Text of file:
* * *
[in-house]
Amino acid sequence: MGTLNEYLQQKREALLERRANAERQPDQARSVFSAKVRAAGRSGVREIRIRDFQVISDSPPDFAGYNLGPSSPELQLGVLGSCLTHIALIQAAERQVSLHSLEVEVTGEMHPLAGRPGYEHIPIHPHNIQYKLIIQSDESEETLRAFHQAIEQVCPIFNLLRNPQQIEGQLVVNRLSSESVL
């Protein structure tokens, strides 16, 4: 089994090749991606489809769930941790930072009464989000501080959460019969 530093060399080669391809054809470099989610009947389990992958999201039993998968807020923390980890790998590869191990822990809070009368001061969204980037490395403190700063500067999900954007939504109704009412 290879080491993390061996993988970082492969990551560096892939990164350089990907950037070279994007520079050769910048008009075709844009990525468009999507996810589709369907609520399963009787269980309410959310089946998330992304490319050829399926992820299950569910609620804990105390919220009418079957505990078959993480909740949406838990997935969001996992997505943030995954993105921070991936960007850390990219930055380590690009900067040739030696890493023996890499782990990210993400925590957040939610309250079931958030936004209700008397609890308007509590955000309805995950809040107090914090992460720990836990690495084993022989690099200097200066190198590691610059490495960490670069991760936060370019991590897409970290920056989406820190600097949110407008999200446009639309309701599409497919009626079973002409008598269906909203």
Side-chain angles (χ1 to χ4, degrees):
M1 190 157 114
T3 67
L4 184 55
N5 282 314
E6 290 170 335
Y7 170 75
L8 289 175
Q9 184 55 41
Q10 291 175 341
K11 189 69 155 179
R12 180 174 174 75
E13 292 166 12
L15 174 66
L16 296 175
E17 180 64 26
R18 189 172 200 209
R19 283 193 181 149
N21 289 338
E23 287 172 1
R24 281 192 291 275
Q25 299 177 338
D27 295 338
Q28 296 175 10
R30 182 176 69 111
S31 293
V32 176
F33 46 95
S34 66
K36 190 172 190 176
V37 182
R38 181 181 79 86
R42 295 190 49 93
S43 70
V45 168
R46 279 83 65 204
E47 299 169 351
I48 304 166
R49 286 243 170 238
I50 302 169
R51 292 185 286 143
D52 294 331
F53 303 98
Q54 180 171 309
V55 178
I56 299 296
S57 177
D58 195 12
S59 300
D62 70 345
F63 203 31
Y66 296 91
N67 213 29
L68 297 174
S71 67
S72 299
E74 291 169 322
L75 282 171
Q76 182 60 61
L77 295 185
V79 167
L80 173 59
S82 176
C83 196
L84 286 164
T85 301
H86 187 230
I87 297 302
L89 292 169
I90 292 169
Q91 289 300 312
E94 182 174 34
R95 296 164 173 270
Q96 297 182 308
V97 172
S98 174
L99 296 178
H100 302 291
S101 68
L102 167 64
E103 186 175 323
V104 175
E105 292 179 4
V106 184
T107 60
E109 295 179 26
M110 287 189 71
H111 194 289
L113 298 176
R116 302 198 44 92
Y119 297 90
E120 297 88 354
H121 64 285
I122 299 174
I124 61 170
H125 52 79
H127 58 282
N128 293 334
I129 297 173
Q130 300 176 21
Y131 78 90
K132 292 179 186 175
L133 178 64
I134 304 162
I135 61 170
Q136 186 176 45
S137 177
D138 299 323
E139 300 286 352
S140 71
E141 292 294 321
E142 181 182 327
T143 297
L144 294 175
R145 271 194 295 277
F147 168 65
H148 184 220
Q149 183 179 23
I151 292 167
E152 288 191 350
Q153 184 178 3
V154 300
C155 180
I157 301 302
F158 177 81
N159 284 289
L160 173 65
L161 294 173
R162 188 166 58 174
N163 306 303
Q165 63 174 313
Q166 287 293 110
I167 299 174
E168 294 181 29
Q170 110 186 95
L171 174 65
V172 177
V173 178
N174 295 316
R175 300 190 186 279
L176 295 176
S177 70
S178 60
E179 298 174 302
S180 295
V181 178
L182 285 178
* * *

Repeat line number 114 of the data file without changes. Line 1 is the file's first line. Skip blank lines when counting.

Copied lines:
E141 292 294 321